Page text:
Purdue, Texas Tech, ACC Stock Soaring After Men’s Tournament Friday | Bleacher Report

Jaden Ivey

Jaden IveyPatrick McDermott/Getty Images

Friday in the 2022 NCAA men’s tournament unfolded under a cloud of chalk dust. Upsets happened as they always do, but nothing approaching a St. Peter’s level.

In a way, fans got something even better: top-level performances that offered windows into what we might expect as the tournament moves into the late stages.

In particular, two No. 3 seeds and one conference distinguished themselves on the national stage.

In the day’s early round of games, the Purdue Boilermakers hammered the Yale Bulldogs 78-56 to advance to a Sunday matchup with No. 6 Texas. Later in the day, fellow three-liner Texas Tech manhandled No. 14 Montana State 97-62 and now moves on to face No. 11 Notre Dame.

Speaking of the Irish, Notre Dame was the standard-bearer for a banner day for the ACC, a down-on-its-luck conference that enjoyed a big stock turnaround, at least for one day. 

Here’s how it all went down. 


Purdue Hits the Boiling Point

You can wrap it in a million caveats, but right now, the Purdue Boilermakers have the look.

You know the look. It’s the one you give someone when you know the East Region is there for the taking, and you’re the one who’s taking it.

Zach Edey (right) defends a shot by EJ Jarvis

Zach Edey (right) defends a shot by EJ JarvisMorry Gash/Associated Press/Associated Press

The Boilermakers have skill at every position. They have size. They can score. They showed glimpses of how their defense might not be as big of a concern as some critics thought. They have a star, Jaden Ivey, at the peak of his NBA lottery-level powers. Ivey toyed with an outclassed Yale squad, leading all scorers with 22 points on 6-of-13 shooting, including 3-of-6 from deep. Big man Zach Edey was an immovable object in the paint, tossing in 16 points on 4-of-7 shooting, blocking three shots and grabbing nine rebounds.

The team held Yale to 36.5 percent shooting from the floor and converted 27-of-33 (81.8 percent) of its free throws. They did all the big and little things. There would be no upset like the one Purdue suffered to No. 13 seed North Texas last year.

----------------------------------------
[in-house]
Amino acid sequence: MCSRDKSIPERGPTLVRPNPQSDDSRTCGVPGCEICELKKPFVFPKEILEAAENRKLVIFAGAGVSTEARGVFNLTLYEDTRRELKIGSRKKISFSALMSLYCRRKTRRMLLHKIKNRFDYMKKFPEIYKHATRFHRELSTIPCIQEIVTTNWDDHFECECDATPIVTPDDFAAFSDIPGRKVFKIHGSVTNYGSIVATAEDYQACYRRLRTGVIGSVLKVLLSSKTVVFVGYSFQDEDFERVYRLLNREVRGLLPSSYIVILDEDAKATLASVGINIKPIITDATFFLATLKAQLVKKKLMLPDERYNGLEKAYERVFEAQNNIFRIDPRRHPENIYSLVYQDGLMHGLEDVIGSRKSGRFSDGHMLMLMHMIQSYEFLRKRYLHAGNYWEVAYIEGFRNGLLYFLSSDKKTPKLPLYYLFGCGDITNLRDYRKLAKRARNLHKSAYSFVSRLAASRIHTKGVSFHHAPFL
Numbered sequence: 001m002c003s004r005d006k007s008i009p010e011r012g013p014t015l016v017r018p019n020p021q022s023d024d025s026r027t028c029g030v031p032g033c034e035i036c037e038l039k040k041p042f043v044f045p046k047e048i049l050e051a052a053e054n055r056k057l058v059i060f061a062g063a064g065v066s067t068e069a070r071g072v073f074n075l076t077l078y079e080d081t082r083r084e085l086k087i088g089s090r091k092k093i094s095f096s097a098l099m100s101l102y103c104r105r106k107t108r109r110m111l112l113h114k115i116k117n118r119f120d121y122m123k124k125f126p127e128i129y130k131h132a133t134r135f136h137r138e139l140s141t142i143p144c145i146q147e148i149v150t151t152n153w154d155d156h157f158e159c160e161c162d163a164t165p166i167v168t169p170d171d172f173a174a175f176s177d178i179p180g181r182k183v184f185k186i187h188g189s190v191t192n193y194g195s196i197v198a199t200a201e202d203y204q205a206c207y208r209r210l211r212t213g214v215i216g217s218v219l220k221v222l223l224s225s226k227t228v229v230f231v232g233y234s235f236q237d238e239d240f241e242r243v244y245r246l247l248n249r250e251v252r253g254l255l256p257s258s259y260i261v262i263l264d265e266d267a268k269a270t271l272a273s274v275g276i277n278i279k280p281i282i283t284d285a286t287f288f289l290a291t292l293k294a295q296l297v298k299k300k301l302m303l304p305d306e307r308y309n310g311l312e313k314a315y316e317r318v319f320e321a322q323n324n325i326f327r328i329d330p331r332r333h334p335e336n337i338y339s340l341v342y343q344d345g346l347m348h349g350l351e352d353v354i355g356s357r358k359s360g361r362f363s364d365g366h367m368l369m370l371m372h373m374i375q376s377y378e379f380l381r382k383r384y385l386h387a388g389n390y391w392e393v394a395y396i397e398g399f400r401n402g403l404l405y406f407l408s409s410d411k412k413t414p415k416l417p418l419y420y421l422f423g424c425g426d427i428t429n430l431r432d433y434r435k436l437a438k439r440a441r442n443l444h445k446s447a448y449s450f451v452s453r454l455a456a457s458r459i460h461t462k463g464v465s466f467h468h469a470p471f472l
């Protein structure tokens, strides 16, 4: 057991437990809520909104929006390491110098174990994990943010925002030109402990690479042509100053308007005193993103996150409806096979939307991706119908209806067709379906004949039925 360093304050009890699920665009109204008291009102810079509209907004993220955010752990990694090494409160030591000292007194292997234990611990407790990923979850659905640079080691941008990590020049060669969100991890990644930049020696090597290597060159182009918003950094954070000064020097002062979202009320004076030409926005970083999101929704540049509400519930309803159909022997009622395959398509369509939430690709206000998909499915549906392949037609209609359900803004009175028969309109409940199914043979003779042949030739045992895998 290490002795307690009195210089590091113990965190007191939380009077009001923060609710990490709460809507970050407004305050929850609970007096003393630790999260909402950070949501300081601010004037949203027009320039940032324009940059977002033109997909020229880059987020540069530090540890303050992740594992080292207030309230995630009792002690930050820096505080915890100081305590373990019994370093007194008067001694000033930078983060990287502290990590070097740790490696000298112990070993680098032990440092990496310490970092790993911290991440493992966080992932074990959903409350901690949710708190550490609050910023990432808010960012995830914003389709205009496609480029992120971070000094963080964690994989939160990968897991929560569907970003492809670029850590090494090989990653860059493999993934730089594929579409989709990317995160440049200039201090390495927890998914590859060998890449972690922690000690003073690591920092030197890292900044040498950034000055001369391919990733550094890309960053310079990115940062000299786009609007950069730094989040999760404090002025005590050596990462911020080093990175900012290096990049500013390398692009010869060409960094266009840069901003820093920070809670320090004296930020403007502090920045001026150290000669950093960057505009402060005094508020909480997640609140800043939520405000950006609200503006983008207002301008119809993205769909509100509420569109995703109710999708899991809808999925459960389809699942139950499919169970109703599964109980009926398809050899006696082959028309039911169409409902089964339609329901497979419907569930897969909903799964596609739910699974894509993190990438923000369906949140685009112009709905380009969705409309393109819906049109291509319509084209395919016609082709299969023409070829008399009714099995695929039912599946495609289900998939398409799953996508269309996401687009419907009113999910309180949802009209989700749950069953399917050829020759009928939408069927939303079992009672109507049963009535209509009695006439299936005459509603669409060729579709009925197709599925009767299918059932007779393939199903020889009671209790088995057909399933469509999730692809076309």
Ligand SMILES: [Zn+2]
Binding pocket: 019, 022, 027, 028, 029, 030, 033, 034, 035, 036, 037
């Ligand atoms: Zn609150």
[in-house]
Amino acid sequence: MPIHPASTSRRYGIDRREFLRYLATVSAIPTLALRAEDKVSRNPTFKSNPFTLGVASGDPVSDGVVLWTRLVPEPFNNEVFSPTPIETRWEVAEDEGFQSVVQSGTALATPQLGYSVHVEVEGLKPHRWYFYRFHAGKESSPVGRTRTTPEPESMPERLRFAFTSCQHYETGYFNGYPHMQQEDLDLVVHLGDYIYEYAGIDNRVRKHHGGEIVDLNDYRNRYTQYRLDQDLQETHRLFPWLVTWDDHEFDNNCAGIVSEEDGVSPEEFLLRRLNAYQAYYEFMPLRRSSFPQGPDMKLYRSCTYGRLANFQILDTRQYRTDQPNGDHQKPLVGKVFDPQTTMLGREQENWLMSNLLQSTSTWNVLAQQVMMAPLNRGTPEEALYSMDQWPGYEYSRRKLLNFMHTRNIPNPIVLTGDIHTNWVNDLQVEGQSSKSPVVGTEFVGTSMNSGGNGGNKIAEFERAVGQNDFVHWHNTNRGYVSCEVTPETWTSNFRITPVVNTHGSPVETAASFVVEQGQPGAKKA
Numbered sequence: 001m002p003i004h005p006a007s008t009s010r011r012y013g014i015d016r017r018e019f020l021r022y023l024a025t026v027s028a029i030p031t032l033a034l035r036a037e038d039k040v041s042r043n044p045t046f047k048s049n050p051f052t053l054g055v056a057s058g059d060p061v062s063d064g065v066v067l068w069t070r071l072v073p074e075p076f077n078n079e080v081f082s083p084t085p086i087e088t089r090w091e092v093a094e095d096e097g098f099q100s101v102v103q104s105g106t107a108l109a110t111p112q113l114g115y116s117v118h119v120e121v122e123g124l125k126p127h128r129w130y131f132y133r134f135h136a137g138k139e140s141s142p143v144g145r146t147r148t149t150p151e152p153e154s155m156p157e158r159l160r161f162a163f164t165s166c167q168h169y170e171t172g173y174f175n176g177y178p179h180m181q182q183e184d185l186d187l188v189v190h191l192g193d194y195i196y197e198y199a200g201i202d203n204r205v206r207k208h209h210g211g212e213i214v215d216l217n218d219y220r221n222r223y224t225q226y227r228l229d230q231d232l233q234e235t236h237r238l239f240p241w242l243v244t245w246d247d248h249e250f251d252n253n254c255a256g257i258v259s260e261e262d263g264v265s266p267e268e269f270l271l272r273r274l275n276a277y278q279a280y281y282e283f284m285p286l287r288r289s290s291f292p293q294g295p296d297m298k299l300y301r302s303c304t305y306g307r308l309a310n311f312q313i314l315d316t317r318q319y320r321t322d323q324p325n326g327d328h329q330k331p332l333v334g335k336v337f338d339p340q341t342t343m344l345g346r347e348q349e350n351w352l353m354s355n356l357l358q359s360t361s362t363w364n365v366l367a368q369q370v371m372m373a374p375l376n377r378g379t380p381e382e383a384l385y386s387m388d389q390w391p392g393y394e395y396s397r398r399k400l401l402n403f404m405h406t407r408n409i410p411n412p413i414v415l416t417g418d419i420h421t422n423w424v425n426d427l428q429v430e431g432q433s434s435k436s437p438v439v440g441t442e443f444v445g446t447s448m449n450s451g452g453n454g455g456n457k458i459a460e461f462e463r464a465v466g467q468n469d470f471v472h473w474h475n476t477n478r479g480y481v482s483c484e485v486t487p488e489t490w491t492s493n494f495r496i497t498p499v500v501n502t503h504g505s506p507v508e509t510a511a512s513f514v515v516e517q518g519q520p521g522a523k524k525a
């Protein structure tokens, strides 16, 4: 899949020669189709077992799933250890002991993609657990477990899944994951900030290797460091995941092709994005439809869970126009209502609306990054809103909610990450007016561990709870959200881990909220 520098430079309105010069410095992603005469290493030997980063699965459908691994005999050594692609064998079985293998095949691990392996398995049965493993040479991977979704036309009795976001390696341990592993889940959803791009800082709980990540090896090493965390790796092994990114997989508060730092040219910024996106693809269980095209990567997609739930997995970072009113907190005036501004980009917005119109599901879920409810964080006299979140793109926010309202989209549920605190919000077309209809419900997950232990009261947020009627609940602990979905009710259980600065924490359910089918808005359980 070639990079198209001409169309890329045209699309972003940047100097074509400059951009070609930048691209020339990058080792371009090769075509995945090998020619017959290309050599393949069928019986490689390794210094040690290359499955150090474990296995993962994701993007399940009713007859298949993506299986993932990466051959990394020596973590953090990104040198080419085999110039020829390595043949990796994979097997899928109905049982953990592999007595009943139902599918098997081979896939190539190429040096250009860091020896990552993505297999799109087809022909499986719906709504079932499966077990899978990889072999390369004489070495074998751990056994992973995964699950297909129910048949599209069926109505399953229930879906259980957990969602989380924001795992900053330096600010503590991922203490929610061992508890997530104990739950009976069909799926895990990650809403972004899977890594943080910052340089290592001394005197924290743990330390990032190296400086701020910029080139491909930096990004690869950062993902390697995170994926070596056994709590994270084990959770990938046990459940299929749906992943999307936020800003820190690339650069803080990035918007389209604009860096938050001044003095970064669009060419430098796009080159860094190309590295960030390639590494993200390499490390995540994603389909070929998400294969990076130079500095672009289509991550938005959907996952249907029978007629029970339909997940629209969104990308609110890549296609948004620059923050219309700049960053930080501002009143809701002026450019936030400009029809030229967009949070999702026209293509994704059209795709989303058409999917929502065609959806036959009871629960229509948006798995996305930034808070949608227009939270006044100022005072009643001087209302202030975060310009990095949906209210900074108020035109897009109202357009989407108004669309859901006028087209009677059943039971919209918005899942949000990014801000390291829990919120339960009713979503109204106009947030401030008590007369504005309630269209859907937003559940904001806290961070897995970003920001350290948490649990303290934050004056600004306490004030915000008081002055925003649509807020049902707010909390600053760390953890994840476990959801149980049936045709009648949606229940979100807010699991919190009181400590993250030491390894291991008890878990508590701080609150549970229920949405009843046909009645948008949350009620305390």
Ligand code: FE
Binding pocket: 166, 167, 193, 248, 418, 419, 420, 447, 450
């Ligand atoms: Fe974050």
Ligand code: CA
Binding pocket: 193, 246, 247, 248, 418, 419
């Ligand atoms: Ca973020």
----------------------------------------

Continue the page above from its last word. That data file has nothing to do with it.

“We all felt the feeling of losing last year, first round, so I felt like all of our guys were motivated,” Ivey said after the game, per the Associated Press (h/t Yahoo Sports). “And so was I.” 

Indeed. Up next are the Longhorns, who looked good if not spectacular in taking down Virginia Tech.

The Boilermakers have got to be licking their chops. Kentucky, the No. 2 seed in the East, is gone, having fallen victim to the Saint Peter’s buzzsaw. Top seed Baylor is hobbled. Make no mistake: This region is ripe for the plucking, and Purdue has its plucking shears at the ready.


The Red Raiders Run Roughshod

Texas Tech was just tired of being typecast.

Defense this, defense that. But apparently, that KenPom.com No. 1 defensive rating was just blinding us to the wider reality. Texas Tech has range. And poor Montana State was left to absorb the lesson and a 97-62 drubbing for the most commanding performance of the tournament thus far.

Terrence Shannon  Jr.

Terrence Shannon Jr.Denis Poroy/Associated Press/Associated Press

Six Red Raiders scored in double figures, with the entire team converting 12-of-20 (60 percent) from distance. In the first half, they shot an unconscious 72 percent from the floor. Texas Tech could probably replay this game 100 times and not get anywhere near those rates again; it managed just 31.4 percent from three on the season, for example. Red Raiders fans must surely be thankful for the immutable laws of physics, which ensure we have just one reality.